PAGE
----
Last year, the school received approximately 2,300 applications for its class of 75-80 students, attracting some of the top national applicants. Additionally, each year about 40–50% of the school's graduates are accepted into some of the most competitive and prestigious specialty programs in the country.

Reaching Out

Recognizing that Nevada's diverse populations present unique oral health care problems, the school reaches out to the community in various ways:

A dental student in class
  • As part of the curriculum, student doctors regularly visit "at-risk" elementary schools, local assisted living centers, rural communities and work with special needs populations. The student doctors provide nutritional information as well as toothbrushes, toothpaste, and brushing/flossing instructions. To date, more than 98,000 children and adults have received such services.
  • About 53,000 youth have participated in Crackdown on Cancer, a grant-sponsored program that provides tobacco-prevention and oral health education and oral screenings to all high schools in Nevada, including 35 rural sites.
  • There are currently eight free clinics at the school to provide care for underserved populations. The clinics were started by students and help to serve veterans, homeless, at-risk youth, children, domestic abuse victims, the elderly and special needs patients.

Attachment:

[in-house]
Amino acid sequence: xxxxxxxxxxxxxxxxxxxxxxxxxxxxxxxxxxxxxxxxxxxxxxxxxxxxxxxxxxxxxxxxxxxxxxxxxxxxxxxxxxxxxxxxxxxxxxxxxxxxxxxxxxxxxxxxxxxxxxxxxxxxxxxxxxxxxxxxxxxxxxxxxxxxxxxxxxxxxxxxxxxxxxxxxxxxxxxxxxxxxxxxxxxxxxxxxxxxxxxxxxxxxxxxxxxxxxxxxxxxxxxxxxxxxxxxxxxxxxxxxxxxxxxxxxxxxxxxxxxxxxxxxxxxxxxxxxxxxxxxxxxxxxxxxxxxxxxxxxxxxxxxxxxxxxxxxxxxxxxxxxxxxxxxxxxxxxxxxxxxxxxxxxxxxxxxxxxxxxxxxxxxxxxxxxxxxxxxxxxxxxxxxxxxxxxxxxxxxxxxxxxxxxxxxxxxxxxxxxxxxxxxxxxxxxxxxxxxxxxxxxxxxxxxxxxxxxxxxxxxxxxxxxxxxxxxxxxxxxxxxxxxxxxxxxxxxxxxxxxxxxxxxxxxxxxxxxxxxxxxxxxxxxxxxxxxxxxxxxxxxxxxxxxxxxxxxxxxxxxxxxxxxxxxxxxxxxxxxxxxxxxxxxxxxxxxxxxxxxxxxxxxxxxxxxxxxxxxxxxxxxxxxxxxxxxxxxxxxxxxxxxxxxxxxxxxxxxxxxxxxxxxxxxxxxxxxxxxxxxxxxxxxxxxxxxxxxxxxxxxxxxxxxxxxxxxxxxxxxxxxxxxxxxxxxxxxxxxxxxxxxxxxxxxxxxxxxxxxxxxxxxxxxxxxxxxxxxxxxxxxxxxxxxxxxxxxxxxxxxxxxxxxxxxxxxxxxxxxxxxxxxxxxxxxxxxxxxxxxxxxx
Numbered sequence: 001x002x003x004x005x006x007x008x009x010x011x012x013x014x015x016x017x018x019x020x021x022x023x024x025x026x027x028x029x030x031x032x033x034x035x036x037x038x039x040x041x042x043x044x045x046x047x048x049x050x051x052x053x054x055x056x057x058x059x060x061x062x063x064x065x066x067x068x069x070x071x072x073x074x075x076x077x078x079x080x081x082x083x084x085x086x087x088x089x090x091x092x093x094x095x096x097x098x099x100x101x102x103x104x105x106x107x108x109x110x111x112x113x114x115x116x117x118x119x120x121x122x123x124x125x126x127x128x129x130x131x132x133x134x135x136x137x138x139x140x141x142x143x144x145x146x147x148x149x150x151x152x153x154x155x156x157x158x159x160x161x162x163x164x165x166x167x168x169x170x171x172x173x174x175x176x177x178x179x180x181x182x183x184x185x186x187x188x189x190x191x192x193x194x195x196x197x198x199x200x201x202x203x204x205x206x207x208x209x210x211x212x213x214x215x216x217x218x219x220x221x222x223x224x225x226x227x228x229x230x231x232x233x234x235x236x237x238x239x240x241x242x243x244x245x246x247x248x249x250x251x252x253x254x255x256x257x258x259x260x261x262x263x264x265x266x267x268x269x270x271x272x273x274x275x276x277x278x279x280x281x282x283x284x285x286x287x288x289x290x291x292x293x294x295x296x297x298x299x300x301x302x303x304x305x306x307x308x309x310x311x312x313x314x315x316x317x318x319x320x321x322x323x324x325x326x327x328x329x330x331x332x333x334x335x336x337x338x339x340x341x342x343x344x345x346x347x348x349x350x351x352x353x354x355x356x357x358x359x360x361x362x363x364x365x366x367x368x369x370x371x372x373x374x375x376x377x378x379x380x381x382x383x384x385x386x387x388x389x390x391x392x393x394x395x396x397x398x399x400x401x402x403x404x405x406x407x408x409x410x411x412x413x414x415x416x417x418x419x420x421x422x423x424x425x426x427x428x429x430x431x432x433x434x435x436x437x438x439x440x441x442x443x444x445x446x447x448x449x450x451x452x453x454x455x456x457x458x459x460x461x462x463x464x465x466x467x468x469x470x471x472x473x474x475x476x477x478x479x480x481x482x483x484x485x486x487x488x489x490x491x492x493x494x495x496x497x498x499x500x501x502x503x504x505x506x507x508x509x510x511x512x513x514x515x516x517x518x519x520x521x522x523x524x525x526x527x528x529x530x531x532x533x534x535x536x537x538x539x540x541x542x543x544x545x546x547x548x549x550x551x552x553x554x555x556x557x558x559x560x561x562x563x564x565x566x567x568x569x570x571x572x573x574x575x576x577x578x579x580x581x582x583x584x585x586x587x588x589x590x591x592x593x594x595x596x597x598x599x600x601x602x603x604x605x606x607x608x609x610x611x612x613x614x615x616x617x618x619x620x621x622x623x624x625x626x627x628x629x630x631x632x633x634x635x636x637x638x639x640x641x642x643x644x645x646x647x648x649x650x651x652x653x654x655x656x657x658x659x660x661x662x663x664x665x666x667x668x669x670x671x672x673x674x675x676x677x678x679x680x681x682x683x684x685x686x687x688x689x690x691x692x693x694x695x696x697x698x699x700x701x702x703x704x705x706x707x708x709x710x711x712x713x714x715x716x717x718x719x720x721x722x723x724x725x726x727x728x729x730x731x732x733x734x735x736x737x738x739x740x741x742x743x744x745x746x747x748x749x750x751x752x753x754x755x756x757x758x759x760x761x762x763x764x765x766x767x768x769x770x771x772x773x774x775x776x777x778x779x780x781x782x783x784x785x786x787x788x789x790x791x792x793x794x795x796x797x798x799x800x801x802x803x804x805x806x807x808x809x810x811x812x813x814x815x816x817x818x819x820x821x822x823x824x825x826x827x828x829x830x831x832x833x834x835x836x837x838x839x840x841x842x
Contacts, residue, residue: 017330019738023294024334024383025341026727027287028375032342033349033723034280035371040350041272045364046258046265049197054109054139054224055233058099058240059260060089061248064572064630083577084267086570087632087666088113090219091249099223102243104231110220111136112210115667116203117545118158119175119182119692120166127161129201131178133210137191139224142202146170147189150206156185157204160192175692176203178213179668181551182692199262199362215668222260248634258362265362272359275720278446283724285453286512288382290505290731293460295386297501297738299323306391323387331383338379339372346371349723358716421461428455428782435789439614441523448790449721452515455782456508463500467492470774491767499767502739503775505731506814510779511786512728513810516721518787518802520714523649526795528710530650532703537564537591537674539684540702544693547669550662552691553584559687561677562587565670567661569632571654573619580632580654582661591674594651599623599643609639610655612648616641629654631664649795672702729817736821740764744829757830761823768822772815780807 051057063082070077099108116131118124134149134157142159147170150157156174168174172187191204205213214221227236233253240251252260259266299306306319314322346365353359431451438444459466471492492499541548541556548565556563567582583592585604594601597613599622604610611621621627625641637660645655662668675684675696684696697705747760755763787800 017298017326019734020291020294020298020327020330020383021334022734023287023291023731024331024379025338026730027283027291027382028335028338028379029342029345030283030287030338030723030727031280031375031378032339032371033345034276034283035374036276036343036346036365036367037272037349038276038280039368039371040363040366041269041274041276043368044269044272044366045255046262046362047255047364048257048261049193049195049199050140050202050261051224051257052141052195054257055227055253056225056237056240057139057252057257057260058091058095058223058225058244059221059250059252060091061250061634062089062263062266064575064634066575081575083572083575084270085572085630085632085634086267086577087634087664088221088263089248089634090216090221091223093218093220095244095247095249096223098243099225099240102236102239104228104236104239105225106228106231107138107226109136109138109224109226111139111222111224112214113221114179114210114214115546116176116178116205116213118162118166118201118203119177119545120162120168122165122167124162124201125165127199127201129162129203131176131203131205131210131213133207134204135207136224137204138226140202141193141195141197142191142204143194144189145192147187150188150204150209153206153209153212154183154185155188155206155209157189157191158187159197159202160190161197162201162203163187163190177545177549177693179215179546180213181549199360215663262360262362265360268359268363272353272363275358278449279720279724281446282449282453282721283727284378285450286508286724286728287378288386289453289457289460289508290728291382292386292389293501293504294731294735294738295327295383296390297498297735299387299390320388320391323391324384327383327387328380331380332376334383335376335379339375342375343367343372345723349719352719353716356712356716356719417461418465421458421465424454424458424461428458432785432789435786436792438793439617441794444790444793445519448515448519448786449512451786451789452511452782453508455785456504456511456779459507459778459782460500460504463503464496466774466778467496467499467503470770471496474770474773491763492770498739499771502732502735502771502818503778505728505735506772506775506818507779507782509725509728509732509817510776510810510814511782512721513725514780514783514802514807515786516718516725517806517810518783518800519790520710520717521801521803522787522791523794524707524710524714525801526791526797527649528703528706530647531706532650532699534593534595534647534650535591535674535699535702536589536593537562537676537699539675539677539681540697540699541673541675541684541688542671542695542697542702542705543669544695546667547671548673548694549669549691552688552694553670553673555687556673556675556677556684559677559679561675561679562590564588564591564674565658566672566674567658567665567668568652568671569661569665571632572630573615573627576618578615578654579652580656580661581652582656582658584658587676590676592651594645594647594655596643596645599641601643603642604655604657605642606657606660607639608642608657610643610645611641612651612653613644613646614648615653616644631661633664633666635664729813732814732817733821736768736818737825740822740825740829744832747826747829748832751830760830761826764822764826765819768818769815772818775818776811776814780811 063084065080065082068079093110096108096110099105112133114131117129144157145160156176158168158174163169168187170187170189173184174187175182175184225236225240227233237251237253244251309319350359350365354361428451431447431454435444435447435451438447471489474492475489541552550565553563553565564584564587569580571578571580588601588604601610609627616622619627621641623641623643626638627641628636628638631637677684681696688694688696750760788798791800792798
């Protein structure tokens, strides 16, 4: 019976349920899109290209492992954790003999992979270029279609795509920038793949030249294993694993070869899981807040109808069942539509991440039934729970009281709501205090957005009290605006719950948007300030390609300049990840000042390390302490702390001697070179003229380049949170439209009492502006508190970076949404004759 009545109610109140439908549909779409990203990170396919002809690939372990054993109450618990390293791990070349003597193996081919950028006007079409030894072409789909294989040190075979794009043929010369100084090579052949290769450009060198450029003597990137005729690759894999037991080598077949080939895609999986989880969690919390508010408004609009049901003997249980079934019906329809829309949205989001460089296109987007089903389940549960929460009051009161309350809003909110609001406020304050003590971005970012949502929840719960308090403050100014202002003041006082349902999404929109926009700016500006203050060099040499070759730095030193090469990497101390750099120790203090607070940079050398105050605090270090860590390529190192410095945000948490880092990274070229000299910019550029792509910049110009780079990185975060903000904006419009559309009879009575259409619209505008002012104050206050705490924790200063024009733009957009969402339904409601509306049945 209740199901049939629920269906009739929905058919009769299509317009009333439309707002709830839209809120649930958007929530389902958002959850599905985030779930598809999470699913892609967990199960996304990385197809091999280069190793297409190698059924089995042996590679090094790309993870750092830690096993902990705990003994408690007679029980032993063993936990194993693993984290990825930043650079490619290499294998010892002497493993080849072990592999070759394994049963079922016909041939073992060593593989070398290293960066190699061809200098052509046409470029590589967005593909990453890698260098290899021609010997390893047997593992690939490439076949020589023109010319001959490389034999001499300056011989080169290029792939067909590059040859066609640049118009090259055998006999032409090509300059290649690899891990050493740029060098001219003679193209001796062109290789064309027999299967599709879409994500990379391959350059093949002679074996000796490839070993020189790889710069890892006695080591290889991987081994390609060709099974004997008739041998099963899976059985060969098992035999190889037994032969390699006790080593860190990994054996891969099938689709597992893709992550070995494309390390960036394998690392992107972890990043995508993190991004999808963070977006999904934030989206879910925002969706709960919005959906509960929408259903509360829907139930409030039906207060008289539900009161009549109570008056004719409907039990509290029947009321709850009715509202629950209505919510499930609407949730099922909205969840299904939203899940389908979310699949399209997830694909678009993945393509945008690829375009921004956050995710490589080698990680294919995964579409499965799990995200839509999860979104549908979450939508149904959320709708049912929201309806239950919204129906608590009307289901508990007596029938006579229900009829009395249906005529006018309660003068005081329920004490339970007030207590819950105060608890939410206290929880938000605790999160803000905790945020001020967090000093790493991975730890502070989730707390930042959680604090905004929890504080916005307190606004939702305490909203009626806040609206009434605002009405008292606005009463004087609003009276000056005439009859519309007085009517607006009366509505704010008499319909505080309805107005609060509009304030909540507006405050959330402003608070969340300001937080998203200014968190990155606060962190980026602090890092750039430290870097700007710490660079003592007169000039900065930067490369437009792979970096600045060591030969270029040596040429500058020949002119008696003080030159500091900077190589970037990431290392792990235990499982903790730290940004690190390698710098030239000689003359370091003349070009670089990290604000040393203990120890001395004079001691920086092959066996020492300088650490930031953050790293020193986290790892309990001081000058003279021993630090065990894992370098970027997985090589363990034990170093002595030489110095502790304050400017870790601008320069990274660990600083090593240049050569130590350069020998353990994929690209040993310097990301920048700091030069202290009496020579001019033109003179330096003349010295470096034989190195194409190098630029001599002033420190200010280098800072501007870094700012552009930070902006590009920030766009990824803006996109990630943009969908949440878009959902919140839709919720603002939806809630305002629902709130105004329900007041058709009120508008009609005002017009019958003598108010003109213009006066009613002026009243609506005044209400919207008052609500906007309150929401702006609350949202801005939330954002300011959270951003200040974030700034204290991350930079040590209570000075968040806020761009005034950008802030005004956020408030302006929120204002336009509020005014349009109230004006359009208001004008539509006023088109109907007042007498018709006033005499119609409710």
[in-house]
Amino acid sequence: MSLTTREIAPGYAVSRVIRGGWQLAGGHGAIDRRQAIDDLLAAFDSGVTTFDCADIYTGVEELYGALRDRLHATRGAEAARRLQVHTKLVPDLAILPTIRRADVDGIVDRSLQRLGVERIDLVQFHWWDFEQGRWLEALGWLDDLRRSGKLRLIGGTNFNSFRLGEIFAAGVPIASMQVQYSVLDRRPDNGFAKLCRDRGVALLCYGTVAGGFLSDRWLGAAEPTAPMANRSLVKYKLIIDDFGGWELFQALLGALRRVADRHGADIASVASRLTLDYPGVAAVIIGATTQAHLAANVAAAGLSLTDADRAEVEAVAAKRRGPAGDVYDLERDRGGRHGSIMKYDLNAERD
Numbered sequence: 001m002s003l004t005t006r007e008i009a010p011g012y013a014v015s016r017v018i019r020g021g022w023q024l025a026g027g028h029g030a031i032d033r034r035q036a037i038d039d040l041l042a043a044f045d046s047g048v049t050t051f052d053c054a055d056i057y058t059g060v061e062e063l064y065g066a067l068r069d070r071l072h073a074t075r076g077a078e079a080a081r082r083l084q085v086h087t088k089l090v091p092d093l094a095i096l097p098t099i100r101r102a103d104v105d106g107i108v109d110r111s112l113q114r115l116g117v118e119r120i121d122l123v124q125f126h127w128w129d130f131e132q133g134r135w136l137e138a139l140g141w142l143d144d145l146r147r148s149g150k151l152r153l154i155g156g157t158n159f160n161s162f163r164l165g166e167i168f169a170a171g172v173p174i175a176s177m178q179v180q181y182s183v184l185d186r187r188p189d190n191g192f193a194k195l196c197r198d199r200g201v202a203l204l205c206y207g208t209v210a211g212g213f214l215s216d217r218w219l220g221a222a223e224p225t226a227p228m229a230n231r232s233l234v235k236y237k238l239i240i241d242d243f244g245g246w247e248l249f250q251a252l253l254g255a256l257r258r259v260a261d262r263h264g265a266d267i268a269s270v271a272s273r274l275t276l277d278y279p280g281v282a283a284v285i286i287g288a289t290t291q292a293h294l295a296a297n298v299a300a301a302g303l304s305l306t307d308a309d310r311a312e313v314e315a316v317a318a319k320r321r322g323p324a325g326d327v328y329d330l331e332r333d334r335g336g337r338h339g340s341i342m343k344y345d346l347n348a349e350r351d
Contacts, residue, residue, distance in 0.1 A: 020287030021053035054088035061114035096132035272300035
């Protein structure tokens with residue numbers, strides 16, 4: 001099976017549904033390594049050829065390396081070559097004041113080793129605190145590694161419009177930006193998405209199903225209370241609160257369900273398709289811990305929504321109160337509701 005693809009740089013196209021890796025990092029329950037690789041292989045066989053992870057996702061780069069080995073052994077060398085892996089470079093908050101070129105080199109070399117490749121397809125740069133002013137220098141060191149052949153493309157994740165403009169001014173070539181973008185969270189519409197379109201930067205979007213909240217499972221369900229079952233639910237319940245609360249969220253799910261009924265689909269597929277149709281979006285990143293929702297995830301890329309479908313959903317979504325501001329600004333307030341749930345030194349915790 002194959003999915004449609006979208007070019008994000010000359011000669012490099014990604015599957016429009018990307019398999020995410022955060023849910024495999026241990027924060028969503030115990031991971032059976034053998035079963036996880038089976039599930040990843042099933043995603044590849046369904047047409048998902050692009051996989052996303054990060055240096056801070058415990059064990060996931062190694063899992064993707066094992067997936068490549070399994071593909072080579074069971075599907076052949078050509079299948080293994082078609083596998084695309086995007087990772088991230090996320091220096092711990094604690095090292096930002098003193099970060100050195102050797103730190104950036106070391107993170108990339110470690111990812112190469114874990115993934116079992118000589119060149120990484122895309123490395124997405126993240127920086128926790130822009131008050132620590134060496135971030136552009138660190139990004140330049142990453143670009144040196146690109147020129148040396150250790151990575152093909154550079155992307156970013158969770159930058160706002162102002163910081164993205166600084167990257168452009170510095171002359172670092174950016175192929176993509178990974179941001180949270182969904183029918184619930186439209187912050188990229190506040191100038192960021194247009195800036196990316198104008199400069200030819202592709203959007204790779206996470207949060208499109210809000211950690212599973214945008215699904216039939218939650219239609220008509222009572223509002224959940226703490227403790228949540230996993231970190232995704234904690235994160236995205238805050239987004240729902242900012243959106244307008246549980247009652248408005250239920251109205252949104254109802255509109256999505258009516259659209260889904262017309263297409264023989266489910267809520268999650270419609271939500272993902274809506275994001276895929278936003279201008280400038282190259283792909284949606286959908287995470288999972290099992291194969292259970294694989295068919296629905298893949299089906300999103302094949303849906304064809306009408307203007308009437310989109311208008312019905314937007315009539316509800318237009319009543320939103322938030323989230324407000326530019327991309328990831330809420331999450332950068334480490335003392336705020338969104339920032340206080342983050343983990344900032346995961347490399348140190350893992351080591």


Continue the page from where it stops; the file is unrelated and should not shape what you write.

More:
• Faculty, student doctors, and staff annually team with local practitioners to provide oral health services at the SDM clinics to underserved children at the Give Kids a Smile event.

Faculty Funding

To date, SDM professors have obtained more than $15 million in competitive grant funding, including:

  • Dr. Christina Demopoulos – Oral Health America approximately $300,000 (2010-2014)
  • Dr. Christina Demopoulos – Crackdown on Cancer, $6.3 Million (2001-2010)
  • Dr. Christina Demopoulos – ADEA Project Pool, $5,000 (2014)
  • Dr. Georgia Dounis – HRSA Geriatric Education Center, $4.3 Million (2010-2015)
  • Dr. Georgia Dounis – HRSA Geriatric Interdisciplinary Faculty Training, $310,000 (2010-2012)
  • Dr. Katherine Howard – NIH/NIDCR; Regulation of Platelet-activating Factor Acetylhydrolase during Inflammation, $360,000 (2011-2015)
  • Dr. Karl Kingsley – UNLV Office of Research Services, $26,000 (2004-2006, 2009)
  • Dr. Karl Kingsley – NIH Soy Health Research, $10,000 (2014)
  • Dr. Millie McClain – HRSA Pediatric Dental Program, $1.5 Million (2007-2010)
  • Dr. Connie Mobley – NIH NIDDK, $312,000 (2004-2010)
  • Dr. Connie Mobley – HRSA Dental Faculty Loan Repayment Plan, $1.7 Million (2010-2015)
  • Dr. Michael Neubauer – Mountain West CTR-IN Idea Pilot Grant, $16,800 (2013-2014)
  • Dr. Robin Reinke – Dental Trade Alliance, $15,000 (2013-2014)
  • Dr. Foeng Tham – Periogen Oral Rinse Study, $43,806 (2013-2014)
  • Dr. Wendy Woodall - Mountain West CTR-IN Idea Pilot Grant, $54,990 (2013-2014)


  • 2001 — Dr. E. Steven Smith
  • 2003 — Dr. Patrick J. Ferrillo Jr.
  • 2006 — Dr. Richard H. Carr Jr., interim
  • 2006 — Dr. Victor A. Sandoval, interim
  • 2007 — Dr. Karen P. West
  • 2019 — Dr. William D. Davenport, Jr., interim
  • 2019 – Dr. Lily T. García